- HSAs offer these tax advantages: (1) contributions up to the annual limits are tax deductible (2) earning and appreciation are tax free. (3) withdrawals for medical expenses are tax-free.
- HSAs have much higher annual contribution limits compared to FSAs. As of 2017: $3,400 per person or $6,750 per family. If you are over 55, add in an additional $1,000 as a ‘catch-up’ contribution. For couples with no dependents on their health coverage, I recommend maximizing contributions by setting up two individual accounts rather than a single, family account.
- Contributions can only be made until age 65 (when you become eligible for Medicare.)
- Increase 401K/403B contributions – at a minimum, you should be contributing enough to your 401K or 403B to get the full employer match (typically 6% of your salary for a 3% employer match) failure to do so means losing out on a huge sum of money over a lifetime. This year, try to ratchet up your contribution another 1 or 2 percent. Such a small reduction in take-home pay likely will not be missed but could significantly accelerate your retirement savings. (go back and read You can’t spend what you ain’t got: Why You Need to Automate Your Savings.)
- Open a Roth IRA – a Roth IRA is beautiful thing indeed! While contributions are made with after-tax dollars, Roth IRA appreciation and retirement withdrawals are tax-free. There is also some flexibility for withdrawing contributions penalty-free prior to retirement (although I wouldn’t recommend it.) Unlike conventional IRAs, there are no minimum withdrawal requirements in retirement. Contribution limits are $5,500 or $6,500 if you are over 50. Be aware: eligibility to contribute to a Roth is phased out or eliminated at higher income levels ($117,000 for singles or $184,000 for couples as of 2017). And how would you contribute to your Roth? With an automatic deduction, of course! (Note, some employer 401K and 403B plans also offer a Roth option.)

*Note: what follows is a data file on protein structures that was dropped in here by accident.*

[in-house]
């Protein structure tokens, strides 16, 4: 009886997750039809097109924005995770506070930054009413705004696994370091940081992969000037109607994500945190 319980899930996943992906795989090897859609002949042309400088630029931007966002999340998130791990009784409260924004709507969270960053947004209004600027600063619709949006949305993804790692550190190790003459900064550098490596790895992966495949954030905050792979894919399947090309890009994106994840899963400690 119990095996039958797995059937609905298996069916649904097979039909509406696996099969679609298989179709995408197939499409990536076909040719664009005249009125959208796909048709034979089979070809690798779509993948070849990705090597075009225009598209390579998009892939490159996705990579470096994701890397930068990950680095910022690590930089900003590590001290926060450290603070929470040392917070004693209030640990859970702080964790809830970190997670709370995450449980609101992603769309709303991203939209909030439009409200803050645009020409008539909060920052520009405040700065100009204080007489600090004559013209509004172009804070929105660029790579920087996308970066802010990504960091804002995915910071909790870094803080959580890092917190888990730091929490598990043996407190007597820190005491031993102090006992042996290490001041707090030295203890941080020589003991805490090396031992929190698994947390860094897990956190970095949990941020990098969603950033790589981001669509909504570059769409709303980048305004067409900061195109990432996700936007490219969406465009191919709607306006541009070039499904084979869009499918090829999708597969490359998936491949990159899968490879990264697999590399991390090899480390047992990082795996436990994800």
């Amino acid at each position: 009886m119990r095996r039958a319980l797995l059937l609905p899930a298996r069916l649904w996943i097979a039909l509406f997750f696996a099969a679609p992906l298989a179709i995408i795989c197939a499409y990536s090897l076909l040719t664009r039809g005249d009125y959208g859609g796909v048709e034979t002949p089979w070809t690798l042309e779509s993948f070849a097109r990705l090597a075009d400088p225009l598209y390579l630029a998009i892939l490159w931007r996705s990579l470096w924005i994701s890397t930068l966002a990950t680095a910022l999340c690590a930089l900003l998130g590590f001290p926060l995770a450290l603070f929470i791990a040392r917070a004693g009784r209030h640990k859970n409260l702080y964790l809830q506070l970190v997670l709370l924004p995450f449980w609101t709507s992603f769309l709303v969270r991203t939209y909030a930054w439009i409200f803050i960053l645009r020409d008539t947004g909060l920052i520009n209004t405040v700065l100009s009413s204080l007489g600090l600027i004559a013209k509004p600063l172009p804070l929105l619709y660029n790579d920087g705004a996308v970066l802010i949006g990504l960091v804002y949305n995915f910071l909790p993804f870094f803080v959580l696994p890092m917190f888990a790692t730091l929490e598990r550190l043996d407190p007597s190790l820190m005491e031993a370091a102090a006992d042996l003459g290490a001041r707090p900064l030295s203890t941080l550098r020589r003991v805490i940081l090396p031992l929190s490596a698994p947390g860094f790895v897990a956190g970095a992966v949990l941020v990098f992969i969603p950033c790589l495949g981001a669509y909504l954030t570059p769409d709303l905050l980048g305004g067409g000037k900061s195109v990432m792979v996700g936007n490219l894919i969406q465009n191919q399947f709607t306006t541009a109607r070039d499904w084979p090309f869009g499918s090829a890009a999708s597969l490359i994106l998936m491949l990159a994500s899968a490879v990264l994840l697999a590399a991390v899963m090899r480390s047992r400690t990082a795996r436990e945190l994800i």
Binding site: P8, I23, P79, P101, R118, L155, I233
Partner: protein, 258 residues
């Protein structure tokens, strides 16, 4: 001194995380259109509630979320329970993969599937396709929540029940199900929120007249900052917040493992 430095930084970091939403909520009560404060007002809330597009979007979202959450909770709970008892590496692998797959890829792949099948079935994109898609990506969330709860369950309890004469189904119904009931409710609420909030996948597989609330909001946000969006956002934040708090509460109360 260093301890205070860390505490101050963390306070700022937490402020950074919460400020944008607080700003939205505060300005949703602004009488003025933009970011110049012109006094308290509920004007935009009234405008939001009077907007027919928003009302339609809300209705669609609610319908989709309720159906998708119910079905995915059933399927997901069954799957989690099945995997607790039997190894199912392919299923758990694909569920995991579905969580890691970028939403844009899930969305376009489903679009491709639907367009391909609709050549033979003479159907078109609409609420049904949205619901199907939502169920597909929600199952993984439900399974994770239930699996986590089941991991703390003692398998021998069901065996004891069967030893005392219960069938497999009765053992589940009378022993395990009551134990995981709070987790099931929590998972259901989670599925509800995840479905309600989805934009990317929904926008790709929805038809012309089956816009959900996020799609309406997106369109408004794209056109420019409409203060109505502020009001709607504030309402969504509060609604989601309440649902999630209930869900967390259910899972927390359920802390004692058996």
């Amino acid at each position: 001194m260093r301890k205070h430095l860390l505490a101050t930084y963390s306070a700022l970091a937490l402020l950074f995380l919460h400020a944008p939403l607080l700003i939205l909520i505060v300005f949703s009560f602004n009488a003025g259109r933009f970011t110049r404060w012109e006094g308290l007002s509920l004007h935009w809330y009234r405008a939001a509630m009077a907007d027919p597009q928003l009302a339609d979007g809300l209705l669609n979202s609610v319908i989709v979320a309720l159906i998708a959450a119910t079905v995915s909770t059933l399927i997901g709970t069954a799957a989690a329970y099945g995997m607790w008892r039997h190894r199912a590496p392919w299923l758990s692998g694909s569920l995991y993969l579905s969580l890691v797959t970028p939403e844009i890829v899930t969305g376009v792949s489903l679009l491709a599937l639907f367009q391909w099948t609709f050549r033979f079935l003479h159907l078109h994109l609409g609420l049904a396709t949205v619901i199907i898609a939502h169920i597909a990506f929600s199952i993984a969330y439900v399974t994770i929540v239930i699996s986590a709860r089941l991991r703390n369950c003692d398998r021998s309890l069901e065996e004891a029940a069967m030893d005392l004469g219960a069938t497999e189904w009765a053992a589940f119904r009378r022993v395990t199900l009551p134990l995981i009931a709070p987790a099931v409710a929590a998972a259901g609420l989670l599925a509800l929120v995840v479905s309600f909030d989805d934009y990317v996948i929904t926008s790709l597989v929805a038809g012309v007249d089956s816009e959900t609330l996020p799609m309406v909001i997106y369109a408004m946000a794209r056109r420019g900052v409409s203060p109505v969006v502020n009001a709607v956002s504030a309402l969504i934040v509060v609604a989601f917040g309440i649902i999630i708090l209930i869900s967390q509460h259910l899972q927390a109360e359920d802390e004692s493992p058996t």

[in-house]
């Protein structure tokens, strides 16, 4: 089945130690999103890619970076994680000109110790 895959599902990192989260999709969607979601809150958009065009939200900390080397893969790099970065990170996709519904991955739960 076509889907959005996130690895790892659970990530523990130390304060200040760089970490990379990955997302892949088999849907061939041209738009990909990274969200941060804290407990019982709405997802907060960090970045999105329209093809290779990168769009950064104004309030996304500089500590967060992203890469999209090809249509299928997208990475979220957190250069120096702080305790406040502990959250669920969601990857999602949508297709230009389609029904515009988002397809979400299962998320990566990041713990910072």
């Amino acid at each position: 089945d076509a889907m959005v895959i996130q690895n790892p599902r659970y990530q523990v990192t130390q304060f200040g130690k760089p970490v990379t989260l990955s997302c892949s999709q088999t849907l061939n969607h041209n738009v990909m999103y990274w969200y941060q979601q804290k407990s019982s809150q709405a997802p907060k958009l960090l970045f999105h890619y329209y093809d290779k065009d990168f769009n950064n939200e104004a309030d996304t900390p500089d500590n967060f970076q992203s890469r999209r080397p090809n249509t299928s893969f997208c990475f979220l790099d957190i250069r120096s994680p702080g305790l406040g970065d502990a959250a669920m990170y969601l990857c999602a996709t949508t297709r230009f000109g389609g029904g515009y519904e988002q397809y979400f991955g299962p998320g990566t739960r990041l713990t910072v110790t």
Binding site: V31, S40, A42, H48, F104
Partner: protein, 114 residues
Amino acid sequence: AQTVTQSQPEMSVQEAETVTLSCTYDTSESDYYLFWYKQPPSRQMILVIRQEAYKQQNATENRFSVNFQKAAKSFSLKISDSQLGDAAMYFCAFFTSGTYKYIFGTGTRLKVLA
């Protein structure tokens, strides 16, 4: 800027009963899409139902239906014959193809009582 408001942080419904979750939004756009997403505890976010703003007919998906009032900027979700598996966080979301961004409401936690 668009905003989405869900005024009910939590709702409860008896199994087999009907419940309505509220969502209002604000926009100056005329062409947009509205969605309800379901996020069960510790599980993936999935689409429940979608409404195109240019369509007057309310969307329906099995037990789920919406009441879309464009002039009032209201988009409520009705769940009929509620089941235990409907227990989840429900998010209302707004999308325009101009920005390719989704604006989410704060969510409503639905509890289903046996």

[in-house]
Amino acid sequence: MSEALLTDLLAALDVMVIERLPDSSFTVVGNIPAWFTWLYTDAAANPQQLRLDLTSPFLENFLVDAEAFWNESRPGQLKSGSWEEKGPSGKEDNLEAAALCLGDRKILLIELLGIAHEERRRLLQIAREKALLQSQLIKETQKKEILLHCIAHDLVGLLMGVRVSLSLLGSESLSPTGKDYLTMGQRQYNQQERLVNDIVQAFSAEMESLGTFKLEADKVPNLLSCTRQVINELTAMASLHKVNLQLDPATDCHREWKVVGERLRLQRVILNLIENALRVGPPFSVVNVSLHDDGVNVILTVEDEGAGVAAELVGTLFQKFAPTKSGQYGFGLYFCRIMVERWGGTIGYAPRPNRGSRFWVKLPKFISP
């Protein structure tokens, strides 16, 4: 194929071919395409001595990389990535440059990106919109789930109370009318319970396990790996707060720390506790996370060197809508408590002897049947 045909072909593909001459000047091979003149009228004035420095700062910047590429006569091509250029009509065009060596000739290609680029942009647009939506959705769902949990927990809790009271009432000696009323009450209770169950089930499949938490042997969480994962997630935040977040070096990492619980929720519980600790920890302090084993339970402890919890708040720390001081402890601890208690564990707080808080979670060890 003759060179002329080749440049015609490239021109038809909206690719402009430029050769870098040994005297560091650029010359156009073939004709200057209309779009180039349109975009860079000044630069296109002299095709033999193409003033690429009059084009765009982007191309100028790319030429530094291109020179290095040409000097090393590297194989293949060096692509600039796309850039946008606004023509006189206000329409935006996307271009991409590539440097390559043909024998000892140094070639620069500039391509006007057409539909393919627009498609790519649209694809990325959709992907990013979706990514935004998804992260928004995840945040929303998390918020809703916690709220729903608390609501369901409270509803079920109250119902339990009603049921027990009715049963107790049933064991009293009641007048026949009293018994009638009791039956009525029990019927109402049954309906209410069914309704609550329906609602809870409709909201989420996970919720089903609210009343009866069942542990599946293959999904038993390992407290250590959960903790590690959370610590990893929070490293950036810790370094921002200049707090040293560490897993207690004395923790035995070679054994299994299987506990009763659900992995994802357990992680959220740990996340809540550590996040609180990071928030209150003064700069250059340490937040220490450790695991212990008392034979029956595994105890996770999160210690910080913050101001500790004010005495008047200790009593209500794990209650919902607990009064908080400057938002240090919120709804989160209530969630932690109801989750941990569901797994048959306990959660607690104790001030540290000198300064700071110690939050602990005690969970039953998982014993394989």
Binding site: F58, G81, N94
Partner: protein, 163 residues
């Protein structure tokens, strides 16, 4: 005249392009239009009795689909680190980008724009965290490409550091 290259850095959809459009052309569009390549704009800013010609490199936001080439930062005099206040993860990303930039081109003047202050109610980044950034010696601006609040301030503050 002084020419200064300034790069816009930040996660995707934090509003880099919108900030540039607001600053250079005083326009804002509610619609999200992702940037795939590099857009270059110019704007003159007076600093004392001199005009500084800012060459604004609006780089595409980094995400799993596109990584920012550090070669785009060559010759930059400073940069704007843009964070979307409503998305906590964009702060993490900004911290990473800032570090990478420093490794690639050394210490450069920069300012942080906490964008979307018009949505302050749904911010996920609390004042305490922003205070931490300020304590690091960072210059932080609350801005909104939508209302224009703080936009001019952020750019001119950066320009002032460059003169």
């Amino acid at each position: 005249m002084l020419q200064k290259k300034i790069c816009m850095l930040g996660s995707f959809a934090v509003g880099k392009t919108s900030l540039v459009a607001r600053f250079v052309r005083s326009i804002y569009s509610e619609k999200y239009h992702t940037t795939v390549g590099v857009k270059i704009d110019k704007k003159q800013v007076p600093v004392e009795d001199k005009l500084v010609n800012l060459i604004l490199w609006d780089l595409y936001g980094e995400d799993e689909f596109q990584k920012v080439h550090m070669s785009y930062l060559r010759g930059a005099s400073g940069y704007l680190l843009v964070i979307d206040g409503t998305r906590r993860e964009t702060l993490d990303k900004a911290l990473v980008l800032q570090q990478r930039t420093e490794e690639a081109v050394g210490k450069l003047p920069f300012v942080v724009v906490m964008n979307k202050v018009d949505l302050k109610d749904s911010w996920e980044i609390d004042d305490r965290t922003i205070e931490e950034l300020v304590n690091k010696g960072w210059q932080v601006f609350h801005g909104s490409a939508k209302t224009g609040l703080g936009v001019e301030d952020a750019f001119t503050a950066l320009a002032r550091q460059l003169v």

- Start saving for the children’s college education; open a 529 Plan(s) – money contributed to a 529 grows tax-free. Many states also permit 529 contribution to be deducted from state income tax (but no such luck on federal tax). Generally, as much as $14,000 per child can be contributed each year (limited by federal gift tax exemptions). 529 Plans are administered on a state-by-state basis. However, you are not confined to your state’s plan; you can chose to go ‘out-of-state’ Here’s one article about the Best 529 Plans (Forbes, March 2016)
- Set up automatic transfers to a savings account – there are many reasons for bulking up your savings: establishing an emergency fund in case of layoffs or unexpected expenses, saving for a house down payment, saving for a replacement auto or a major appliance, even a vacation. The list goes on. Set up an automatic transfer to the savings account. Better yet, divert part of your paycheck directly to a saving account. A great place to keep said savings account: the Capital One 360 Money Market account. It’s pays 0.60% interest for balances under $10,000 and 1% for balances over $10,000. And it’s FDIC insured.
Hang in there! Just 6 days to go in January!
© 2017 Paul J Reimold